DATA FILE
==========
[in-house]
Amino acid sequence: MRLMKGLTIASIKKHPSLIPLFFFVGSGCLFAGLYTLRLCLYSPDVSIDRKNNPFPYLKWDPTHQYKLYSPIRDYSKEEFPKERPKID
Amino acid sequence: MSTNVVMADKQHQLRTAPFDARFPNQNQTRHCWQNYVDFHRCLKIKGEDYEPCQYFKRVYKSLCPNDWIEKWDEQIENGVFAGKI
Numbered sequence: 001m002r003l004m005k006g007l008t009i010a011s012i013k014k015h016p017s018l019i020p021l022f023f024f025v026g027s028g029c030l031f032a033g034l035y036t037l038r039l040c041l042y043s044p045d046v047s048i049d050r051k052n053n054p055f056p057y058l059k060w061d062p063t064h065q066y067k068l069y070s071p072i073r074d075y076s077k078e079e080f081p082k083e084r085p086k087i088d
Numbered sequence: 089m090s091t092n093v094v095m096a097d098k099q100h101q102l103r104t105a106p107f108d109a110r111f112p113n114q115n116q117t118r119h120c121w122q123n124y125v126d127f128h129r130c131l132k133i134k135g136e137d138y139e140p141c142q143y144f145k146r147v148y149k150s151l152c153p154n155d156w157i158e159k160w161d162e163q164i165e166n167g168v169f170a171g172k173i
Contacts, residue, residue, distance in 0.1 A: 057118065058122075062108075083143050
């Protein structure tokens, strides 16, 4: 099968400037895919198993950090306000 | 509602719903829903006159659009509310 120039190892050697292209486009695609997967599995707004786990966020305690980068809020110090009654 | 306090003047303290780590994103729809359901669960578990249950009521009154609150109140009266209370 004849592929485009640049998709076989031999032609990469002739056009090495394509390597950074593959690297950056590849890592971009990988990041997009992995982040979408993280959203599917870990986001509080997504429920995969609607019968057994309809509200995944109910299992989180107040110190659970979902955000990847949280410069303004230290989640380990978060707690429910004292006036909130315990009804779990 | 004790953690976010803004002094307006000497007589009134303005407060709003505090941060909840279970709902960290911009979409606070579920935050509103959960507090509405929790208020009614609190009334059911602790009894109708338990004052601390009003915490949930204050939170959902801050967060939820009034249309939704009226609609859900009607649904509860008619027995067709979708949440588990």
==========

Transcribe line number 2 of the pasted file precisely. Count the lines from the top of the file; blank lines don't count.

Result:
Amino acid sequence: MRLMKGLTIASIKKHPSLIPLFFFVGSGCLFAGLYTLRLCLYSPDVSIDRKNNPFPYLKWDPTHQYKLYSPIRDYSKEEFPKERPKID